Wednesday, June 26, 2013
The Gringo Trail
Such is challenging for two novice world travelers. These are the places with little or infrequent public transport where walking and motorbikes may be the norms but buses and taxis are rare or non-existent. People are less likely to speak any English in these corners of the world. Food may be less likely to be prepared in a hygienic way that helps keep us moving fluidly rather than moving fluids.
The Gringo Trail also tends to exist because there are terrific sights and sites to behold. Think Grand Canyon, Rome's Coliseum, Swiss Alps, the Great Wall of China, etc. So for much of our first year, we have tread firmly in the footsteps of others on the often slightly polluted, always full, and clearly described tourist tracks in Lonely Planet. We have tried to ask locals for ideas of things to see that most tourists rush by, but such has been limited to a few hours in a few places...until recently...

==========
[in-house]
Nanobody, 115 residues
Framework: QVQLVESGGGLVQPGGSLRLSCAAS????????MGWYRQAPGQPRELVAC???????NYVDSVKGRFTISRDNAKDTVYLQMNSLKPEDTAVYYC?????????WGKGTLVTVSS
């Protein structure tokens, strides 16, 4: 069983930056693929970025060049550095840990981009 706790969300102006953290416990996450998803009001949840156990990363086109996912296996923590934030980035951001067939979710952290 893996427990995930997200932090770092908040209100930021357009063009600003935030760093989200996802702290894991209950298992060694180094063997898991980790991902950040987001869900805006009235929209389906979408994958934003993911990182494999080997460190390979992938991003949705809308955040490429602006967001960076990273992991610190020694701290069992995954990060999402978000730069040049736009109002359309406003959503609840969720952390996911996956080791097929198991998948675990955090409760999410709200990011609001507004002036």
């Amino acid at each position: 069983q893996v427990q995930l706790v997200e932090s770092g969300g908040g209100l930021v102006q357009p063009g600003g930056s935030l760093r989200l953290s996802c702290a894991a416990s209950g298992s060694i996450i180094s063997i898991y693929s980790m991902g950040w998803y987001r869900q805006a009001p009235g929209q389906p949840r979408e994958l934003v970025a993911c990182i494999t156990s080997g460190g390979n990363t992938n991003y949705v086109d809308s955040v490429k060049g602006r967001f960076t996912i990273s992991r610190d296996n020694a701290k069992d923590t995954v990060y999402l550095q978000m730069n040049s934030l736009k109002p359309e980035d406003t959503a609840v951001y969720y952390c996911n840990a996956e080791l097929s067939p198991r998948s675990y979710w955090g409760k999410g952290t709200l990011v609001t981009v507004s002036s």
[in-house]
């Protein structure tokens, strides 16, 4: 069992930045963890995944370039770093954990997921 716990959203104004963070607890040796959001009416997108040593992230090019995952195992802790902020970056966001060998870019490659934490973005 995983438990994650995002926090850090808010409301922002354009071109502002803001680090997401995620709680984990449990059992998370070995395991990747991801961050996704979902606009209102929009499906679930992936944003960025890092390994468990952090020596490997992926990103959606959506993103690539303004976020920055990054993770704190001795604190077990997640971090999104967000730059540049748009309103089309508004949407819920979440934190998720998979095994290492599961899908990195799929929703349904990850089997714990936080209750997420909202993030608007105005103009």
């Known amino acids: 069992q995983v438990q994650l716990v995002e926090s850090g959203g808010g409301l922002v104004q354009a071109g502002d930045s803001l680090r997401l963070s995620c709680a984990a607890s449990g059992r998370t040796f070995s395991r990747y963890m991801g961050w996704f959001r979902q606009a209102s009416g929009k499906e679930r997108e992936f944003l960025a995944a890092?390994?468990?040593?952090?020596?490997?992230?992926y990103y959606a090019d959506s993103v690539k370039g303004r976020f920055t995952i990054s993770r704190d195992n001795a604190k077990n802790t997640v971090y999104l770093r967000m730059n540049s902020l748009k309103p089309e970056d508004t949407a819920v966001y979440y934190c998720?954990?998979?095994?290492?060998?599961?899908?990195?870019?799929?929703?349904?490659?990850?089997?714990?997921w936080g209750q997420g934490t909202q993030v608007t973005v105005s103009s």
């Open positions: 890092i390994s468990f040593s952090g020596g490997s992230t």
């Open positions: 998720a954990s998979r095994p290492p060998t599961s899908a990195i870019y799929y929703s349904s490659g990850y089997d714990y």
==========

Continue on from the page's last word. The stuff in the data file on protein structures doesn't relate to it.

In the last couple of weeks, we have begun to find special sites and sights off the beaten track. On the small island of Bohol in the Philippines, we walked a road for miles where locals
And soon, we plan on returning to Indonesia. We loved Bali. However, 80% of Indonesian bound foreign tourists visit only Bali. There are 17,507 other islands in the fourth most populous country on earth. These are the islands that helped Alfred Russell Wallace co-develop the theory of evolution as his contemporary colleague, Darwin, pondered his findings from the Galapagos archipelago. They are the islands where Komodo Dragons roam, living "Hobbits" exist, and the birthplace of spices gracing our kitchen counters. And...places far from the normal tourist trail.
Images are of our first motorbike ride on Siquijor Island, three young ladies from the Loboc Children's Choir, and typical river transport in the Philippines. Posted in Larena, Siquijor Island, Philippines